All through his career, nobody has confused Buzz Hannahan with being a top prospect. He was drafted in the 31st round of the '98 draft and has shown only moments of stardom potential in his minor league career.
In 2004, Hannahan put up numbers that had the Phillies thinking he could at least be an option as a utility player. In his first full season at AAA, Hannahan hit .281, but was limited to just 81 games. The numbers gave hope that he was blossoming and could develop into a player with major league potential. With that in mind, the Phillies sent him to the Arizona Fall League to give him some more at bats. Plus, those at bats would come off some pretty good pitching prospects, so it was all the better.
"It was nice to get selected for the [Arizona Fall] League because it gave me more chances to show the club what I've got. It felt a little like I was being tested," said Hannahan.
Hannahan's AFL experience consisted of just 16 games in which he hit .250 for the Phoenix Desert Dogs. While he spent time with the big league club in spring training this past year, he played in just three games and went 0-for-2.
With a second season at Scranton ahead of him, Hannahan simply looked to put up more good numbers and see what happened down the road. Instead, he struggled to find playing time and played in just 95 games, hitting .241 for the Red Barons. This fall didn't bring a spot on the 40 man roster for Hannahan, so he'll test the waters of minor league free agency.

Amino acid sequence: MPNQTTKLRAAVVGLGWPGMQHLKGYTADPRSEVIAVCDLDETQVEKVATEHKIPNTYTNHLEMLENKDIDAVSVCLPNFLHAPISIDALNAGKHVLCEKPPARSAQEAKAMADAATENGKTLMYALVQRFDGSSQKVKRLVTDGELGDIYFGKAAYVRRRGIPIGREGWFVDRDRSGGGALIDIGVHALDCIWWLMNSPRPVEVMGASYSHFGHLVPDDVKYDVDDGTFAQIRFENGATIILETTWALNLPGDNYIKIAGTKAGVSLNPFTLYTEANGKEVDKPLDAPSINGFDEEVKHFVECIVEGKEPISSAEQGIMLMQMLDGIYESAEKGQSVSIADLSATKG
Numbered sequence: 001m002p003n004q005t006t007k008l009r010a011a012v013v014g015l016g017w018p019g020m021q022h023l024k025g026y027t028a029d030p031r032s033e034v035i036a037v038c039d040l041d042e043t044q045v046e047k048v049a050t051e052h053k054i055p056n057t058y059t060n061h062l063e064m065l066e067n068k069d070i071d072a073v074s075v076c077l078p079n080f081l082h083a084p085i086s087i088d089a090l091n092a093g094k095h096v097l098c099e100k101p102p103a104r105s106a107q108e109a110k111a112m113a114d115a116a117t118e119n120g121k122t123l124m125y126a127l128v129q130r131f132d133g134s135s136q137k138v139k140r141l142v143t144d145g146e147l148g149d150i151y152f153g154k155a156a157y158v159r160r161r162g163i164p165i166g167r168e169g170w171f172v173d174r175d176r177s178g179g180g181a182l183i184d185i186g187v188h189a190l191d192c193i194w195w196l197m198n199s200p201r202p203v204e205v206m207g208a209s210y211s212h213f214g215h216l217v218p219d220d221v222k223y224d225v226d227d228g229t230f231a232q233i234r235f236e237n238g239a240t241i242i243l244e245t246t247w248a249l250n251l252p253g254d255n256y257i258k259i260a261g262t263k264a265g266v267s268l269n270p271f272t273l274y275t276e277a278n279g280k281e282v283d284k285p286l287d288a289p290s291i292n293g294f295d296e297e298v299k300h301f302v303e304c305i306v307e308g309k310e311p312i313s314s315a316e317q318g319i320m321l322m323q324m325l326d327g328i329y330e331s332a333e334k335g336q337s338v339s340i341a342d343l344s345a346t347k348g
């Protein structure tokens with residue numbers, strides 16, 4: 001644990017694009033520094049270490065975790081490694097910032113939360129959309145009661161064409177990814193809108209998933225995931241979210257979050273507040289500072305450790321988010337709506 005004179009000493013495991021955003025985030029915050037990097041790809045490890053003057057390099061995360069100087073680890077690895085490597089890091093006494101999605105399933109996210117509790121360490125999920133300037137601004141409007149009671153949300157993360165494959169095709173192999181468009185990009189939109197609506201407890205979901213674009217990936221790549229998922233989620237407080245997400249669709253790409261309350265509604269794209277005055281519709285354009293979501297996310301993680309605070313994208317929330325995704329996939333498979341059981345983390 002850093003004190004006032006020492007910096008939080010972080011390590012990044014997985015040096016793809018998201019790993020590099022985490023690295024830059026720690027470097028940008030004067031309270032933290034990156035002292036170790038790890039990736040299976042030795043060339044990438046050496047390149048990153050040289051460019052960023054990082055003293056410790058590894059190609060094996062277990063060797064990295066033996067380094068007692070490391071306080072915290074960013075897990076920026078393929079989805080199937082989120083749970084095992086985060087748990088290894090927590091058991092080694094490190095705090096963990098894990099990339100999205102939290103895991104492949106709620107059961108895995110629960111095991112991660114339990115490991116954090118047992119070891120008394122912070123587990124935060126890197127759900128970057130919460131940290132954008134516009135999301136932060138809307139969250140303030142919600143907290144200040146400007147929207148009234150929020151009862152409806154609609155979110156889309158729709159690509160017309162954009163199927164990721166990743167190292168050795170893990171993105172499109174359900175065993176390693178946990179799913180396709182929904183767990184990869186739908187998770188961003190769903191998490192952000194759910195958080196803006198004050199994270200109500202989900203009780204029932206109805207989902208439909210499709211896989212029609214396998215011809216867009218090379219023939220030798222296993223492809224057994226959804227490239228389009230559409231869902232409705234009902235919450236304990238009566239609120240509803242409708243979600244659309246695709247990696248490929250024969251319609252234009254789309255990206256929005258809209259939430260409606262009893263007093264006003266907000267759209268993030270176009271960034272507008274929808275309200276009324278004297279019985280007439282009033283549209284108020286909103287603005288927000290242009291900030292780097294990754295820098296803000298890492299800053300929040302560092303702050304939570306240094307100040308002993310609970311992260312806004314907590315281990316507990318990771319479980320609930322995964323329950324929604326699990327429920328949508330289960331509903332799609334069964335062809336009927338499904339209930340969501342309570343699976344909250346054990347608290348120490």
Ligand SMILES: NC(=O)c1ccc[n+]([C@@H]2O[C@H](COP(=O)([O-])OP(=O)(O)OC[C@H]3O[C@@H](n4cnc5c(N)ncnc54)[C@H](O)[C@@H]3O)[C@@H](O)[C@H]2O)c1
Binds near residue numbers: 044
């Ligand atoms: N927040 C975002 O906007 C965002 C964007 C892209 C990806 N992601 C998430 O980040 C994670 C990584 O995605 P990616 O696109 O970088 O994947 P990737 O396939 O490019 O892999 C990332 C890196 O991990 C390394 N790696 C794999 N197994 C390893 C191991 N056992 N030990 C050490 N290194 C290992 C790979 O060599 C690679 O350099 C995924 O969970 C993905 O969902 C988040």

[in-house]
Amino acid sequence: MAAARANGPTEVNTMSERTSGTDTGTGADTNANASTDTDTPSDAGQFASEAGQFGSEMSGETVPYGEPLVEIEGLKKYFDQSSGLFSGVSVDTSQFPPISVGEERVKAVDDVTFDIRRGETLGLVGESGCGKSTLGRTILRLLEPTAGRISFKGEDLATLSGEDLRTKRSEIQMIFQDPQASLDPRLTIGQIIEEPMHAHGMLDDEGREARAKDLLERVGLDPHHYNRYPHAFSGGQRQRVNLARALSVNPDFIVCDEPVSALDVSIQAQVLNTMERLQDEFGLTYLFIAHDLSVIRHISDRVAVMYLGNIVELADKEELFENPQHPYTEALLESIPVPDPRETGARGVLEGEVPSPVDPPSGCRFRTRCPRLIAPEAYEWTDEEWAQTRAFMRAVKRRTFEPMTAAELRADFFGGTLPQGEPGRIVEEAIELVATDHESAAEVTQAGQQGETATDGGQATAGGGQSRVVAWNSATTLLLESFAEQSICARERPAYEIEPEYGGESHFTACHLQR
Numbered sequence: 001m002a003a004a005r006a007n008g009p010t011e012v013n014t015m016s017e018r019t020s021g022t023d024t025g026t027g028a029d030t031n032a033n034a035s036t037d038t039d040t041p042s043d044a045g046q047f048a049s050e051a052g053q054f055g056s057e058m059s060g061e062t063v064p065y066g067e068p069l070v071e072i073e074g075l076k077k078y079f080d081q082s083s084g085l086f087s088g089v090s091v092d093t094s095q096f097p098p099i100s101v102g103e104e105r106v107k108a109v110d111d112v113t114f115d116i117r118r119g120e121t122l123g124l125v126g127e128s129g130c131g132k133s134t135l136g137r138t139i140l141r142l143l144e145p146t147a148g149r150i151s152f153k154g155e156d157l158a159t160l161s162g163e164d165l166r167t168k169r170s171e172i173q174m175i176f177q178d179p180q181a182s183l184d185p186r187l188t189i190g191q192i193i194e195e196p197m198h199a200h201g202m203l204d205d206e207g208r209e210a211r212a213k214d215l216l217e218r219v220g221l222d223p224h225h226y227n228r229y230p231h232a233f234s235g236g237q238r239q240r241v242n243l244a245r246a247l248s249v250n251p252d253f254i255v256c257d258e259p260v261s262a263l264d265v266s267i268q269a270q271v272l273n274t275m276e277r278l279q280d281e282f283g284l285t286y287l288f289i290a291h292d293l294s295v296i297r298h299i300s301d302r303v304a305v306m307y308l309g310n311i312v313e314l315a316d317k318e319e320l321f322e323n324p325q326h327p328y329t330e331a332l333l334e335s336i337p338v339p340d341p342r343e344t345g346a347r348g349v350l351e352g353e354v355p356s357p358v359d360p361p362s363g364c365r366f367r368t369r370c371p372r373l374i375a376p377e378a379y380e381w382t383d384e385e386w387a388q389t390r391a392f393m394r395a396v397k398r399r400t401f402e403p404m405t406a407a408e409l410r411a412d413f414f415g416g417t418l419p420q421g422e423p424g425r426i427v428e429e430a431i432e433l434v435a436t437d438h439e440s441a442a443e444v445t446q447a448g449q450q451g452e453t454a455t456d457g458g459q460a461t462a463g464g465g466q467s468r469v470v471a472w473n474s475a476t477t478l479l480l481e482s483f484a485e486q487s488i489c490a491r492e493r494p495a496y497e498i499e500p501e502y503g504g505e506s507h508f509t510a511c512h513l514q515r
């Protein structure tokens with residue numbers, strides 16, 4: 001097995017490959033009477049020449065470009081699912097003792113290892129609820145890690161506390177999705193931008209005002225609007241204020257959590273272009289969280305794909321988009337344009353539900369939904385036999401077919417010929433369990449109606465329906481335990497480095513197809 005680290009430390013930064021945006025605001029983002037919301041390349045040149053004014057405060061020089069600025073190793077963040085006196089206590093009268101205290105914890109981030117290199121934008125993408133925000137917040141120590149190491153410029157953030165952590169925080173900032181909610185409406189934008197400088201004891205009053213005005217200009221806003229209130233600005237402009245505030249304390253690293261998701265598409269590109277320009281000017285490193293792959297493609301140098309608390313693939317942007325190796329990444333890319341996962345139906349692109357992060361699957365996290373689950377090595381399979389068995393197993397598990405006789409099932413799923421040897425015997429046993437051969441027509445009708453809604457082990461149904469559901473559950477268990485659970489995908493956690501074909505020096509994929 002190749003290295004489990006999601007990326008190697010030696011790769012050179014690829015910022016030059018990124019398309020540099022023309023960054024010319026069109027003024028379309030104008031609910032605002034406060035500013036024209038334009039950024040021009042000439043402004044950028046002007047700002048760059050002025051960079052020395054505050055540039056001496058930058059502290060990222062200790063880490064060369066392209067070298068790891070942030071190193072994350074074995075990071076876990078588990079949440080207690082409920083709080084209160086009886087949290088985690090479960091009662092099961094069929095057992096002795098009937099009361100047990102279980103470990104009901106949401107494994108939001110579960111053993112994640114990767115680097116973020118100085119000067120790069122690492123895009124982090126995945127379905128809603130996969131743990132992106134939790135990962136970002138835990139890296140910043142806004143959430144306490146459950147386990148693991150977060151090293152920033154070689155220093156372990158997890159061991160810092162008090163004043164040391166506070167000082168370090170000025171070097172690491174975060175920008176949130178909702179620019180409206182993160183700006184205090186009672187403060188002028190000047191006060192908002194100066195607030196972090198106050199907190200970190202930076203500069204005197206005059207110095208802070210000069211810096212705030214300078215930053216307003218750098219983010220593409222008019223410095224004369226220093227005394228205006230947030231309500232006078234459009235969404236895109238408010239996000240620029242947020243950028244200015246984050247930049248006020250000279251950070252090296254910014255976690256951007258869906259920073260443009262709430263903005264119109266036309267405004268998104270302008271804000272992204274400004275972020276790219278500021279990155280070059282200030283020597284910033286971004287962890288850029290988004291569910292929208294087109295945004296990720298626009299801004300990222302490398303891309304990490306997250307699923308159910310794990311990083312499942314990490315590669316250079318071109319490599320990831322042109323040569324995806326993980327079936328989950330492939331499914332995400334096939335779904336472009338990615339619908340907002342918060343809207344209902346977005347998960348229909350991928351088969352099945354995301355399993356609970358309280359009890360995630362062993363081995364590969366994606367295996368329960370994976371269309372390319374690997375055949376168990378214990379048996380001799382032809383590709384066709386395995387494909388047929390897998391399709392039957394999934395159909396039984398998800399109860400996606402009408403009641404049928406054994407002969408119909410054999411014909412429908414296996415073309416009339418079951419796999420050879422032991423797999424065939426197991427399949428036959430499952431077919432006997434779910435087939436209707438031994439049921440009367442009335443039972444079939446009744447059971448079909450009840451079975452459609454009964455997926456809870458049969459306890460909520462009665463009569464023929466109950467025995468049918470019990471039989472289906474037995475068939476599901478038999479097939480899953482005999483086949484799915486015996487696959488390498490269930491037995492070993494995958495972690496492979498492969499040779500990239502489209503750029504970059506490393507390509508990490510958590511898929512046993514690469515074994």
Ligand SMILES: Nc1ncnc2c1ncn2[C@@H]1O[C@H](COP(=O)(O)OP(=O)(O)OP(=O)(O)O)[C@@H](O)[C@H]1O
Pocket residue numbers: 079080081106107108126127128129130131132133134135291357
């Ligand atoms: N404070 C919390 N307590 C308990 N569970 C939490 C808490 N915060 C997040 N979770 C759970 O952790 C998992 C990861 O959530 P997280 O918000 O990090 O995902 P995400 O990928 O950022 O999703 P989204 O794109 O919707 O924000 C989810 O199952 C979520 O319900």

One thing that Hannahan has in his favor is his willingness to play anywhere. Still though, he hopes to find a home in the middle of the diamond. "I like playing up the middle, short, second, and center field. I've got pretty good range and I think it sort of gets wasted on the corners," said Hannahan.
It's likely that Hannahan will catch on somewhere. He's a solid player, who can play almost anywhere on the diamond and isn't afraid to get dirty. He's tough and odds are that he's the kind of player that fans in Philadelphia would have loved if they had only gotten the chance to see him play. Hannahan also has decent speed, although he hasn't gotten to show it off the past two seasons, because of where he's been hitting in the order. "The opportunities just weren't there as often," said Hannahan. "I like to run, but I am only going to run in situations where it makes sense. I had a left handed hitter behind me most of the time, and we wanted to keep that hole open on that side."
Since Hannahan turns 30 next June, it's unlikely that he'll be getting much of a shot at a major league career. Still though, he's worthy of a shot and will look for the best opportunity this winter. At least Hannahan has a good grasp of what he can do as a player. "By the time you get to this level you know what kind of player you're going to be. I'm not going to hit 30 homeruns, I'm going to be a guy who's ready to play anywhere, who's a tough out. Those are my assets, and that is how I can help a team."